It’s thought that the virus spreads through close contact, traveling through tiny droplets and secretions when a patient coughs, sneezes or breathes.

Typically, when a virus infects a cell in the human body, the cell’s so-called innate immune system kicks in if foreign genetic material is detected. This is considered the body’s first line of defense against invading pathogens. The second line of defense is known as the adaptive immune system, which first has to detect foreign invaders before producing antibodies and T cells to counteract the infection.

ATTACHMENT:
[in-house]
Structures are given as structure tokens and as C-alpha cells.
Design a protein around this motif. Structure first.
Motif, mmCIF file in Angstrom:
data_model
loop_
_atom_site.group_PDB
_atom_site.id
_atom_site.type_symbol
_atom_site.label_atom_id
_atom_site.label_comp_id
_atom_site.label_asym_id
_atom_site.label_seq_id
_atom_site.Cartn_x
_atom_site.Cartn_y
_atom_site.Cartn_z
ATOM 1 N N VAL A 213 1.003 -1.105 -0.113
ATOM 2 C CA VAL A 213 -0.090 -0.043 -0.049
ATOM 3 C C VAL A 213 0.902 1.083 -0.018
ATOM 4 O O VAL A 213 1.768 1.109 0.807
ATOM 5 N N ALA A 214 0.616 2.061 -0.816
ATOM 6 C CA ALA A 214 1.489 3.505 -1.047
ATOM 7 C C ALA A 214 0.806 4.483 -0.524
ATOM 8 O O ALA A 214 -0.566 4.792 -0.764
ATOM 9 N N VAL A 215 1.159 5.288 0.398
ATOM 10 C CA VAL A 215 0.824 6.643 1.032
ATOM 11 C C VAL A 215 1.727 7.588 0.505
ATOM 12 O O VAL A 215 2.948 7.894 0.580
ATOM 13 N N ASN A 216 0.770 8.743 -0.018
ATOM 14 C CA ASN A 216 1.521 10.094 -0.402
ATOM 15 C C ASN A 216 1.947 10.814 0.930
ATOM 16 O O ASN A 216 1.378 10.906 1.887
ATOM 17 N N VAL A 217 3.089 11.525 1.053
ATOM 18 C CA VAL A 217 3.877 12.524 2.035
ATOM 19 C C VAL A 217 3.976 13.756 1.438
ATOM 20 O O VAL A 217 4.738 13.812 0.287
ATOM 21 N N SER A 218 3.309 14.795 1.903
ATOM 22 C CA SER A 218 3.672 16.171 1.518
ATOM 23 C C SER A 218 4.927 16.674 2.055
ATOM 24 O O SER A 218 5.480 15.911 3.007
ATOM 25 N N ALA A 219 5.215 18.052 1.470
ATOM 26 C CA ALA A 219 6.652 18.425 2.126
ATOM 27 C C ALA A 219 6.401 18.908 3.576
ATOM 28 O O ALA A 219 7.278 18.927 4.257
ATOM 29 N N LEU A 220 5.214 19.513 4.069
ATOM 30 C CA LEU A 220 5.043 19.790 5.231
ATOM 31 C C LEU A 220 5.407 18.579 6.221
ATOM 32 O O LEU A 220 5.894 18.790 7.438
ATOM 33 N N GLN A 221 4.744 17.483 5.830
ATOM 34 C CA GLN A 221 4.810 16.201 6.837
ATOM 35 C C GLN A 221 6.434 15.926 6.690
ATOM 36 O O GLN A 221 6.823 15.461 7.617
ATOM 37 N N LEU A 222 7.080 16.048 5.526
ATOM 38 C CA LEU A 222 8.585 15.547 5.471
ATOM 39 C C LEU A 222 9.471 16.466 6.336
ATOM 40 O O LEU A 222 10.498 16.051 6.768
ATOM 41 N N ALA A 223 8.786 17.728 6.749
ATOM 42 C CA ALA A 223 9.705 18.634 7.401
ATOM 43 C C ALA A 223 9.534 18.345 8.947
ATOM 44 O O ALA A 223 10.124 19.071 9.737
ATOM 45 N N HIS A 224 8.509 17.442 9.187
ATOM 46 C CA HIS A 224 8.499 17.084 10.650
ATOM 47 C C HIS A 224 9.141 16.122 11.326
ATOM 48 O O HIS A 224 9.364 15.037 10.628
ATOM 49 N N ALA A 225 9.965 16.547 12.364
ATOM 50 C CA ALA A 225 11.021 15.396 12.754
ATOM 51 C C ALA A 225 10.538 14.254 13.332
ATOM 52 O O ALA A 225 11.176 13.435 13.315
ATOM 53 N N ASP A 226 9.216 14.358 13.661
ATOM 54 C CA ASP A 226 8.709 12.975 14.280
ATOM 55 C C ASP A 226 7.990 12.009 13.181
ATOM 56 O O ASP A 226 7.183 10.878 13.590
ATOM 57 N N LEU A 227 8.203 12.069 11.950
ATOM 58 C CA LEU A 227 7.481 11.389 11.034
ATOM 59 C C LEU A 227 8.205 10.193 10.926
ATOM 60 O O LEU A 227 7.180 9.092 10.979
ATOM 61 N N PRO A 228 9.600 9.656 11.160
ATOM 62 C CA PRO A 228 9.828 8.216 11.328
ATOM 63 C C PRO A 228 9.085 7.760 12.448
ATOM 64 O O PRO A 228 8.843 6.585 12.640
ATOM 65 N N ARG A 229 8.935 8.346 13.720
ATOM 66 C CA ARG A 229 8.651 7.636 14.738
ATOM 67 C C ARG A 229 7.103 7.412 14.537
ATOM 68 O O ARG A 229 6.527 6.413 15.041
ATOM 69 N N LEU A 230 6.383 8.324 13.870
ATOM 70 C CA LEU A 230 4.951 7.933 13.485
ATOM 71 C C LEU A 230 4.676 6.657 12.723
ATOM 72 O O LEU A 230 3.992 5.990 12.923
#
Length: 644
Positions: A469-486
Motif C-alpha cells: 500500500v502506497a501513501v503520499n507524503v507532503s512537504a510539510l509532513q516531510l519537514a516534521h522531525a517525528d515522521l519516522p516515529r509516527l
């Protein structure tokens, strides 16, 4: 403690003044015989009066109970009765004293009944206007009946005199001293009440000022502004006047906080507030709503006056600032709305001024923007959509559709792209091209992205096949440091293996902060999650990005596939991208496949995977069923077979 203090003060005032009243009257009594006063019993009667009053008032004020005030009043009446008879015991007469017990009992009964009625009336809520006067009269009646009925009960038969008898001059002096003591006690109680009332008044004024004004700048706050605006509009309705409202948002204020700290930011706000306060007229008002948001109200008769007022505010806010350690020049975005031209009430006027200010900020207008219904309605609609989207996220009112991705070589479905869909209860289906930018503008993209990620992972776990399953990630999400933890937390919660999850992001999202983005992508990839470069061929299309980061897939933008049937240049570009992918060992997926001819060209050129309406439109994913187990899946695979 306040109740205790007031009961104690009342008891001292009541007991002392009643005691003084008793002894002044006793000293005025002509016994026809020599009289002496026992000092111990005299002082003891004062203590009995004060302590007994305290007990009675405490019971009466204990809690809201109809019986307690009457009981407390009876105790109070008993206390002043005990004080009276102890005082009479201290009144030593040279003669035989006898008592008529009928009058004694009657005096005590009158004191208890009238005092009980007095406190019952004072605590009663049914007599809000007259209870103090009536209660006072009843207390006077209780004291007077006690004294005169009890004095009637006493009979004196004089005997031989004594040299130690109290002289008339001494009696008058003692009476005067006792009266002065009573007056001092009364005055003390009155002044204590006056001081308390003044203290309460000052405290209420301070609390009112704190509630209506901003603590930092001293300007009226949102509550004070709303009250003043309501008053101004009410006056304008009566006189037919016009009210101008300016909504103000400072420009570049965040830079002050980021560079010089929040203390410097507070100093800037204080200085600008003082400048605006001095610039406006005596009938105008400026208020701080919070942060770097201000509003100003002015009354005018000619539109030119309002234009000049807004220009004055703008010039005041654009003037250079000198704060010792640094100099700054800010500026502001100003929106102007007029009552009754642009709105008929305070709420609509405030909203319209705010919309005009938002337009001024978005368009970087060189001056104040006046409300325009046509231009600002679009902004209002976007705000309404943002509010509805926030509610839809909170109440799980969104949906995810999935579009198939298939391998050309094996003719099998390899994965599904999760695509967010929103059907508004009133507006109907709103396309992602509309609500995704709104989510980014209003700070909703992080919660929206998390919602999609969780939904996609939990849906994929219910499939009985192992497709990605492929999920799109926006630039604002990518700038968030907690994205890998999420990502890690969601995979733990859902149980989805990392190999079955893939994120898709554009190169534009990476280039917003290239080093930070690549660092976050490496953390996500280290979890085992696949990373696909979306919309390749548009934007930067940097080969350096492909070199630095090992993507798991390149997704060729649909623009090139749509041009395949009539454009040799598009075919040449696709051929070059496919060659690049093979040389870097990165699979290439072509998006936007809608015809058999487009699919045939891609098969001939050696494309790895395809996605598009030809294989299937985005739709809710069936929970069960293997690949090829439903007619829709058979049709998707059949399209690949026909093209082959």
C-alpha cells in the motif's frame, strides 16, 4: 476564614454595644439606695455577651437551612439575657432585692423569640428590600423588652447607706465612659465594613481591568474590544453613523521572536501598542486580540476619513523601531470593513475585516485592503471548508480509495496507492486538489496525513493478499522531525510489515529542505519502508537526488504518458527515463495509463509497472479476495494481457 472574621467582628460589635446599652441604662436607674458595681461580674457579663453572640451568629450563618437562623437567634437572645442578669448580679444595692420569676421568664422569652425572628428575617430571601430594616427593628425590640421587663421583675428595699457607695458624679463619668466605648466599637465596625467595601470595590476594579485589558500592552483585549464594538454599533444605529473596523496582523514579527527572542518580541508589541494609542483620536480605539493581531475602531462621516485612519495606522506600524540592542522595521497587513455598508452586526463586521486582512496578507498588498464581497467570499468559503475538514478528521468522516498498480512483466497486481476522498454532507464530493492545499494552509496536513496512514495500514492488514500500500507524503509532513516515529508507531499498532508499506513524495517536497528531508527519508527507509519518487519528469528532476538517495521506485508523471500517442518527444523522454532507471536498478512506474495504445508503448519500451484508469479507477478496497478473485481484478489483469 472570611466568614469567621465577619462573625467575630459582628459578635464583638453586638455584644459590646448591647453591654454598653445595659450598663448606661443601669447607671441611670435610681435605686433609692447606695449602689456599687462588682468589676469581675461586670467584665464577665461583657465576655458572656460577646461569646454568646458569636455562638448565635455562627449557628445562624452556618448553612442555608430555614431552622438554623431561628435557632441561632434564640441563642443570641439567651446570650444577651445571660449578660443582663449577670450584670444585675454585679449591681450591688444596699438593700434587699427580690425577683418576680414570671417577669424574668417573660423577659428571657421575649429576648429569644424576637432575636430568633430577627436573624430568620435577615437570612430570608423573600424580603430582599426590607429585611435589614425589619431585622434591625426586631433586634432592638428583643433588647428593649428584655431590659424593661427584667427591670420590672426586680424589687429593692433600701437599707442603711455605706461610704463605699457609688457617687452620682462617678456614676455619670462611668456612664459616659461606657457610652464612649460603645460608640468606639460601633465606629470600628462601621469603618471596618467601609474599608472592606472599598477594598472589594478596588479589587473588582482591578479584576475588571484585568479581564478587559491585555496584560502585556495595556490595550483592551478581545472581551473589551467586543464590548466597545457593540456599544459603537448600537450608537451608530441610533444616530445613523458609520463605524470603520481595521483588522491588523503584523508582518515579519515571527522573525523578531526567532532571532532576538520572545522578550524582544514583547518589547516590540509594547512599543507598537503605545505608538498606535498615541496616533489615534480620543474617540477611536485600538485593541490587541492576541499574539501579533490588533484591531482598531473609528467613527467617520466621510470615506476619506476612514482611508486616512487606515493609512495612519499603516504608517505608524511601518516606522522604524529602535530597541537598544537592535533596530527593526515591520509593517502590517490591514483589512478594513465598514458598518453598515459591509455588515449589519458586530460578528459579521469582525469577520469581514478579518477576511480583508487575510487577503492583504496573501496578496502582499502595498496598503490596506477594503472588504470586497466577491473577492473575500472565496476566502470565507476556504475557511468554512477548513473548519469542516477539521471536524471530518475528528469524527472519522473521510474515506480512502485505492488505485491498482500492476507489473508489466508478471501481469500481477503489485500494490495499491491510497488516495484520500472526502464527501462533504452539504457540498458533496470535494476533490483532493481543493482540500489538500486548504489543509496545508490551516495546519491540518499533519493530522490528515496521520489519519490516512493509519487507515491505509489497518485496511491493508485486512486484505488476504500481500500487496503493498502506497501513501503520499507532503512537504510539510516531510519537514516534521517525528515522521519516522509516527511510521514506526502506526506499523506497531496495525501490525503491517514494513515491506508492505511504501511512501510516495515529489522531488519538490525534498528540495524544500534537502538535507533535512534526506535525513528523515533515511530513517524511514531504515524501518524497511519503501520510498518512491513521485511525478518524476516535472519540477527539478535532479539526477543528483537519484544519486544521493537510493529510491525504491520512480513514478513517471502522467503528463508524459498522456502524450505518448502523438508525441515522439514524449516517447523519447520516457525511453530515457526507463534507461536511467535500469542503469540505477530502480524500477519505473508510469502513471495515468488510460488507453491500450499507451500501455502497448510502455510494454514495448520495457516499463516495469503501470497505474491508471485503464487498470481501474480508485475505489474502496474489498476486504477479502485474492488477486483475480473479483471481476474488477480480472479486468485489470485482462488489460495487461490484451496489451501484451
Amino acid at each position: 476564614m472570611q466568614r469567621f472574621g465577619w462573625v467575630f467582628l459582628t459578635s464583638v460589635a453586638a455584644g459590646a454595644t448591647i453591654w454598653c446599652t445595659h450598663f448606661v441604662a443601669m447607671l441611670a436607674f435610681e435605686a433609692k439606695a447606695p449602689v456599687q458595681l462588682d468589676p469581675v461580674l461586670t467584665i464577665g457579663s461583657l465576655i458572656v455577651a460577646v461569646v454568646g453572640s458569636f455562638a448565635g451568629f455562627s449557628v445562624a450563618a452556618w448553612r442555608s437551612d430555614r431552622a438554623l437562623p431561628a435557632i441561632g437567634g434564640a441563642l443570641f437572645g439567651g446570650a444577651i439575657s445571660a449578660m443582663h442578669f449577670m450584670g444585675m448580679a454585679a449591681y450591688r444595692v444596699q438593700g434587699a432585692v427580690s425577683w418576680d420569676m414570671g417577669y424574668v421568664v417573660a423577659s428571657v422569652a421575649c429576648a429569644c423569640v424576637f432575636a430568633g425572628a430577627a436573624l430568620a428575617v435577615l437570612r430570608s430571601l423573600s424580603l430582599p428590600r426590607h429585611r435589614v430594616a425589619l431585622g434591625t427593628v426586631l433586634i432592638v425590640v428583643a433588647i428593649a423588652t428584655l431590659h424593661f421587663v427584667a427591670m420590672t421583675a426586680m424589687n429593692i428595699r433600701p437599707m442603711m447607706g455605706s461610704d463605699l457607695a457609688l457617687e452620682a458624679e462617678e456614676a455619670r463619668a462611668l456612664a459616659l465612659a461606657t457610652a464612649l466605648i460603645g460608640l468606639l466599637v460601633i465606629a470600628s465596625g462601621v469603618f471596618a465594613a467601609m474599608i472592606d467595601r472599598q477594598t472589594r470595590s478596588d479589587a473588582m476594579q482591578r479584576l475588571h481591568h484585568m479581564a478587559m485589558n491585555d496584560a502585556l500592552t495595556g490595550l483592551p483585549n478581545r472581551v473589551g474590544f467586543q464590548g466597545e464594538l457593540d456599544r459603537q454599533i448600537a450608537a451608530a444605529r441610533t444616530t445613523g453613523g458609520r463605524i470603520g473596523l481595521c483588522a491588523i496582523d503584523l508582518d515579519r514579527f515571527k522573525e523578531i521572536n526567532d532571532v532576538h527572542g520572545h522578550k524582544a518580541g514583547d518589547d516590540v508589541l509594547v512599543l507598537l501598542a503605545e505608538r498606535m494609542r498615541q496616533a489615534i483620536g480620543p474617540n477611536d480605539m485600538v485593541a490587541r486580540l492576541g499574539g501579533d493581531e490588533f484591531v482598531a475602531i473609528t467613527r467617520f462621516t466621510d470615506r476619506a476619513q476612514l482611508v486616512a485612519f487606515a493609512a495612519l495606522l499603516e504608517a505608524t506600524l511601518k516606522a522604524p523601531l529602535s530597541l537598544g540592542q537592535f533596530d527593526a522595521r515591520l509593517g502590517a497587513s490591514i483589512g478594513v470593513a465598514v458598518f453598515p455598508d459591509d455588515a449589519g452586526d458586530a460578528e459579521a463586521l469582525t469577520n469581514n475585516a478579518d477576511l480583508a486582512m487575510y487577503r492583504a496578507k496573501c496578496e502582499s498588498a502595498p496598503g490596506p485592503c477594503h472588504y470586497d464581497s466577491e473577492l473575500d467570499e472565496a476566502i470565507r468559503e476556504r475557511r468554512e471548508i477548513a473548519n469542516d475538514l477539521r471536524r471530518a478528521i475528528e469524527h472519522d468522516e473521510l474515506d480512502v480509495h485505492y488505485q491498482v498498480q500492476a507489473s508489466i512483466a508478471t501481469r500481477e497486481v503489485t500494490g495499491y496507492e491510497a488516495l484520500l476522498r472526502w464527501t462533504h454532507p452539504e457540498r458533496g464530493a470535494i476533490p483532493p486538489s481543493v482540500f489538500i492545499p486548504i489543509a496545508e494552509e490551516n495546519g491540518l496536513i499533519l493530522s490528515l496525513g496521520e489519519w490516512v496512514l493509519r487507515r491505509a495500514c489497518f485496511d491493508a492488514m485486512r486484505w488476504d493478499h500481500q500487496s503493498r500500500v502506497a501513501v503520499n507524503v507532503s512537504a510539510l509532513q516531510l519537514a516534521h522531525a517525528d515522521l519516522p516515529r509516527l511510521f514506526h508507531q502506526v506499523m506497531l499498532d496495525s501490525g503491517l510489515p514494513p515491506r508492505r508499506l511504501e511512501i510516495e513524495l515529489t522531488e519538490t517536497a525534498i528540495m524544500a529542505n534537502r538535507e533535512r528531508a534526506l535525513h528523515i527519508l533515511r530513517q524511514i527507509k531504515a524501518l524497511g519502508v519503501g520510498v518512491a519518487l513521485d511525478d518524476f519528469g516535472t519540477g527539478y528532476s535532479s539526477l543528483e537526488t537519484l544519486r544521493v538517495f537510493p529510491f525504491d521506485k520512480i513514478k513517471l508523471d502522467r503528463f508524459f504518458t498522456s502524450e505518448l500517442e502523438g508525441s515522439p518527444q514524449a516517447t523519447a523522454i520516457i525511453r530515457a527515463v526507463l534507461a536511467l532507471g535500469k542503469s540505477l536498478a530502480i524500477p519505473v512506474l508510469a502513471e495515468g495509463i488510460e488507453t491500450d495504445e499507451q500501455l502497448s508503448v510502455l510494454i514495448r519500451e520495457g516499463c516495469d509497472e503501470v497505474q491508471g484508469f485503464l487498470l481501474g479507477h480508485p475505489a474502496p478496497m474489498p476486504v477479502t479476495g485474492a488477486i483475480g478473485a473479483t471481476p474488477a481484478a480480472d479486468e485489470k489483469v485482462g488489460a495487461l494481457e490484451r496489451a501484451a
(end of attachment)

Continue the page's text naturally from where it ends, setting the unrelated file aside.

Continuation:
But as people age, both of those systems can break down.

“We don’t truly know why, but as you get older, the functionality of the innate immune system and adaptive immune system wanes,” said Timothy Sheahan, an epidemiologist at the Gillings School of Global Public Health at the University of North Carolina.